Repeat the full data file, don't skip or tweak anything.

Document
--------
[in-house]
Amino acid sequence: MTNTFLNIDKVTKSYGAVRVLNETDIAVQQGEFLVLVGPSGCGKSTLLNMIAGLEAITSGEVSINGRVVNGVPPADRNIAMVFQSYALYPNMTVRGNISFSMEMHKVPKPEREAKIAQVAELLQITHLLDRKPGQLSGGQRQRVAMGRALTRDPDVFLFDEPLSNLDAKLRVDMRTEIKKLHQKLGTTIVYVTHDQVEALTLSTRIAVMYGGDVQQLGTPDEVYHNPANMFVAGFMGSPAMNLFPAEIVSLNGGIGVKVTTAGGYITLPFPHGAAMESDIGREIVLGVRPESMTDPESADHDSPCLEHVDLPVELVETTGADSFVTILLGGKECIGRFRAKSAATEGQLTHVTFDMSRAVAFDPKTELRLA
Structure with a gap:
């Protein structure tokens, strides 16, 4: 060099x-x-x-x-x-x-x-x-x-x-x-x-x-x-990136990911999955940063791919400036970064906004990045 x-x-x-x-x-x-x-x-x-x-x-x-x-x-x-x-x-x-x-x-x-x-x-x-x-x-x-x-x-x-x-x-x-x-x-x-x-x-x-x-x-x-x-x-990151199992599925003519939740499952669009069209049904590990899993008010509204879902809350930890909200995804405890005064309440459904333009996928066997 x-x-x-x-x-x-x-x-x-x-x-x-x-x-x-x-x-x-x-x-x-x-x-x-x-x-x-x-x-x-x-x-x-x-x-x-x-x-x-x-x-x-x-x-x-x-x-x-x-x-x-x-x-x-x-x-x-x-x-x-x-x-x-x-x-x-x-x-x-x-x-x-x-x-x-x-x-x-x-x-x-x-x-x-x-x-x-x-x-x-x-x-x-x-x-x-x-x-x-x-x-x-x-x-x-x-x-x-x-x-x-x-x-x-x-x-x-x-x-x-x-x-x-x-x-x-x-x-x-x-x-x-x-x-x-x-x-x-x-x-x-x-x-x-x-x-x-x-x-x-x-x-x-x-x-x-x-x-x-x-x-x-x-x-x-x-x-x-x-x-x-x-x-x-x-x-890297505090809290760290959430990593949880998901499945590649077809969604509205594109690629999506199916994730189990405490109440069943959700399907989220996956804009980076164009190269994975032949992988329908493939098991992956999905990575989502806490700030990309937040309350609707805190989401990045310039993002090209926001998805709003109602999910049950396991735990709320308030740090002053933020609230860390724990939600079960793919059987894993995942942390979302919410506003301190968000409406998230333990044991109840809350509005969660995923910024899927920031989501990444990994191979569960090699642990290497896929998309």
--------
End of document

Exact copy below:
[in-house]
Amino acid sequence: MTNTFLNIDKVTKSYGAVRVLNETDIAVQQGEFLVLVGPSGCGKSTLLNMIAGLEAITSGEVSINGRVVNGVPPADRNIAMVFQSYALYPNMTVRGNISFSMEMHKVPKPEREAKIAQVAELLQITHLLDRKPGQLSGGQRQRVAMGRALTRDPDVFLFDEPLSNLDAKLRVDMRTEIKKLHQKLGTTIVYVTHDQVEALTLSTRIAVMYGGDVQQLGTPDEVYHNPANMFVAGFMGSPAMNLFPAEIVSLNGGIGVKVTTAGGYITLPFPHGAAMESDIGREIVLGVRPESMTDPESADHDSPCLEHVDLPVELVETTGADSFVTILLGGKECIGRFRAKSAATEGQLTHVTFDMSRAVAFDPKTELRLA
Structure with a gap:
């Protein structure tokens, strides 16, 4: 060099x-x-x-x-x-x-x-x-x-x-x-x-x-x-990136990911999955940063791919400036970064906004990045 x-x-x-x-x-x-x-x-x-x-x-x-x-x-x-x-x-x-x-x-x-x-x-x-x-x-x-x-x-x-x-x-x-x-x-x-x-x-x-x-x-x-x-x-990151199992599925003519939740499952669009069209049904590990899993008010509204879902809350930890909200995804405890005064309440459904333009996928066997 x-x-x-x-x-x-x-x-x-x-x-x-x-x-x-x-x-x-x-x-x-x-x-x-x-x-x-x-x-x-x-x-x-x-x-x-x-x-x-x-x-x-x-x-x-x-x-x-x-x-x-x-x-x-x-x-x-x-x-x-x-x-x-x-x-x-x-x-x-x-x-x-x-x-x-x-x-x-x-x-x-x-x-x-x-x-x-x-x-x-x-x-x-x-x-x-x-x-x-x-x-x-x-x-x-x-x-x-x-x-x-x-x-x-x-x-x-x-x-x-x-x-x-x-x-x-x-x-x-x-x-x-x-x-x-x-x-x-x-x-x-x-x-x-x-x-x-x-x-x-x-x-x-x-x-x-x-x-x-x-x-x-x-x-x-x-x-x-x-x-x-x-x-x-x-x-890297505090809290760290959430990593949880998901499945590649077809969604509205594109690629999506199916994730189990405490109440069943959700399907989220996956804009980076164009190269994975032949992988329908493939098991992956999905990575989502806490700030990309937040309350609707805190989401990045310039993002090209926001998805709003109602999910049950396991735990709320308030740090002053933020609230860390724990939600079960793919059987894993995942942390979302919410506003301190968000409406998230333990044991109840809350509005969660995923910024899927920031989501990444990994191979569960090699642990290497896929998309």